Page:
‘Uncharted’ Wants to Be the Next Big Video Game Movie Series. Nope.
Before Nathan Drake was a stubbly, world-weary treasure hunter who’d raided his share of tombs and knew his way around a puzzle-heavy, peril-filled PlayStation 3 RPG, he was just another twentysomething dude in New York. You know the type: looks like a movie star, likes to flip bottles while mixing cocktails, excellent at pickpocketing and parkour, has a missing older brother and a chip on his shoulder. He’s also got a deep interest in Magellan, as so many young people do these days, as well as the rumors that the explorer stashed a heap of gold somewhere while traveling around the world. His sibling, Sam, was obsessed enough to go searching for it, in fact. But a long period of radio silence suggests that something has happened to Nathan’s kin.
Then into his life walks Victor “Sully” Sullivan, a father figure who might help this orphan find his only family member. It turns out that Sully and Sam went looking for Magellan’s gold together before the latter went M.I.A.; if Nate needs to aid him in locating the loot, they can track down his brother. Their quest will be filled with allies, archnemeses, evil billionaires, double crosses, hot pursuits, some globetrotting, and a knock-down drag-out fight in a Papa John’s in Barcelona, because why not? For gamers, these names and the promise of action set pieces brimming with the mashing of triangles, squares, R1’s, Xs and Os — translation: running, jumping, parsing clues and fast-and-furious-combo fights — may be thrilling. Everybody else may simply feel a strange sense of deja vu. We’ve been here, in this extremely well-mapped-out multiplex territory, hundreds of times before.
Part intellectual-property barrel-scraping, part pumped-up star vehicle and part fumbling bid for Sony to cross media-revenue streams, Uncharted isn’t the worst attempt to bring a beloved video game to the screen — just the latest bit of evidence that these things are really a zero-sum game. It does start out on a high, or more accurately, about 20,000 feet high: our young Drake (played by Tom Holland) is introduced hanging by a strap to a series of cargo boxes dangling out of an airplane. It’s one of the stand-out missions in Uncharted 3, and director Ruben Fleischer (Zombieland) stages it like he’s dropping viewers into en media res gameplay, with Holland leaping from container to container, ducking giant flying objects, avoiding bullets and thugs as he tries making it back into the holding area. It’s a lovely opening salvo of well-paced chaos, and establishes this future adventurer-to-be as someone who hasn’t quite mastered the hero gig just yet. When he finally makes it back on board, Drake is immediately hit by an unmoored sports car and tumbles right back into the clear blue sky. This is what most people would characterize as a promising start.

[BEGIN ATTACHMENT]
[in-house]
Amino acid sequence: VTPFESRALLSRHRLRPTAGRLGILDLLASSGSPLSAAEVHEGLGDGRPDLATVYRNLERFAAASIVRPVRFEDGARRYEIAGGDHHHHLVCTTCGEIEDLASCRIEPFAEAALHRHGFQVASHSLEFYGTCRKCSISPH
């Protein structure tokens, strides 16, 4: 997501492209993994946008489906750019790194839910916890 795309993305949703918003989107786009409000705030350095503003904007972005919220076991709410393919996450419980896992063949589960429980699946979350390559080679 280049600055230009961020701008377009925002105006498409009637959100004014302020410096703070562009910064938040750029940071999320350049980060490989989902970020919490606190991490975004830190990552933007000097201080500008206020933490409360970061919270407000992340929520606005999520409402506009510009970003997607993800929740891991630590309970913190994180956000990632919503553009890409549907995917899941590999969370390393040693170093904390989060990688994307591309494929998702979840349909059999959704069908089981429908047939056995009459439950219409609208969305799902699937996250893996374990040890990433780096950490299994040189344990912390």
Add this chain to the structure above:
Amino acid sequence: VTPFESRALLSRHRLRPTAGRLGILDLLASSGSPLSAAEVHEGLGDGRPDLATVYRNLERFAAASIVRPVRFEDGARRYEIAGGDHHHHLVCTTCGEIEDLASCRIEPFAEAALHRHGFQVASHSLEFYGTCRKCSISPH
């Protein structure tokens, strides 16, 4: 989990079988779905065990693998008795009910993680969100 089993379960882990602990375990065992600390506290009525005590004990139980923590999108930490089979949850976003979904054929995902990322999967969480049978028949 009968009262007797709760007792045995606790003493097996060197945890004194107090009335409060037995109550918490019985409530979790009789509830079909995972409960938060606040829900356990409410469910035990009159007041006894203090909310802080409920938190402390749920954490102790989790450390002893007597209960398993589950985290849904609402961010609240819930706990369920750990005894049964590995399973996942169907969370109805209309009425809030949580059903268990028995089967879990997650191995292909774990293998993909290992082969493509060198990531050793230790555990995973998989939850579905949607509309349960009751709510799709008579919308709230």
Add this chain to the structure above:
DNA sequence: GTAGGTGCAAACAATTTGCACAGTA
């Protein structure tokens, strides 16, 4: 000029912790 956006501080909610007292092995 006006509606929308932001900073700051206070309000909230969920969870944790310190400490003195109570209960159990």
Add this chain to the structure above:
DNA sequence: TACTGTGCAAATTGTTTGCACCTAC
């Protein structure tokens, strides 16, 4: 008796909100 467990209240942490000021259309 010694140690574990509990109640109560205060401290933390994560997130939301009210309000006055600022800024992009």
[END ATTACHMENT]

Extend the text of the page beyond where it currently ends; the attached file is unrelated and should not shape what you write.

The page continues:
And then…everything immediately settles into what feels like a series of exposition-heavy cut scenes, occasionally braking for manic bits of recycled derring-do, nudges and nods to die-hards and 1,001 references to other, better blockbusters. The fact that Holland is not just a newly mintable movie star but also a graceful, highly athletic one — and happens to be in another Sony-owned property at the moment — means that the company’s getting their money’s worth, and viewed from the perspective of pitching the 25-year-old as not just a superhero but a 21st century action-flick swashbuckler, this prequel to the PS3 series works better as an audition reel than a franchise starter.
As for the sound and the CGI flurry surrounding Holland, he’s more or less broad-shouldering the burden of this I.P. cashgrab on his own. No longer the gray-haired, guayabera-wearing mentor from the games, the slightly younger Sully is played by Mark Wahlberg, whose demeanor is completely wrong for the part. (His entire performance can be summed up as: I’m the one trying to get rich off a lot of lost treasure. You must be the other guy.) Antonio Banderas is the de rigeur villain with an accent, and simply proves that while Spanish ham is indeed delicious, it tends to lose its flavor when lazily slapped on top of leftovers. Grey’s Anatomy‘s Sophia Ali and The 100‘s Tati Gabrielle get slotted in to the respective gorgeous companion/fellow pirate-booty hunter and gorgeous henchwoman/assassin roles. They both deserve a lot better. So do Uncharted fanatics, for that matter.
Video games are an active form of entertainment. Peruse the graveyard of attempts at rejiggering canon-worthy titles for a passive medium while trying to retain what makes them great, but without just delivering live-action character cosplay, and you’ll find it’s littered with corpses. The Uncharted games were great at letting players shoot, slide, sprint and scale their way through an old-fashioned adventure movie. Something — everything — gets lost in translation here. Sony very much wants to trade on the brand recognition of a PlayStation staple. The longer you watch them put Holland through his Drake paces, however, the more you feel like they wish they could get away with calling this Tomb Raiders of the Lost National Treasure of the Caribbean, Starring Spider-Man. It’s a second-generation copy of someone else’s static-y greatest-hits compilation. You’re better off watching old walkthrough clips.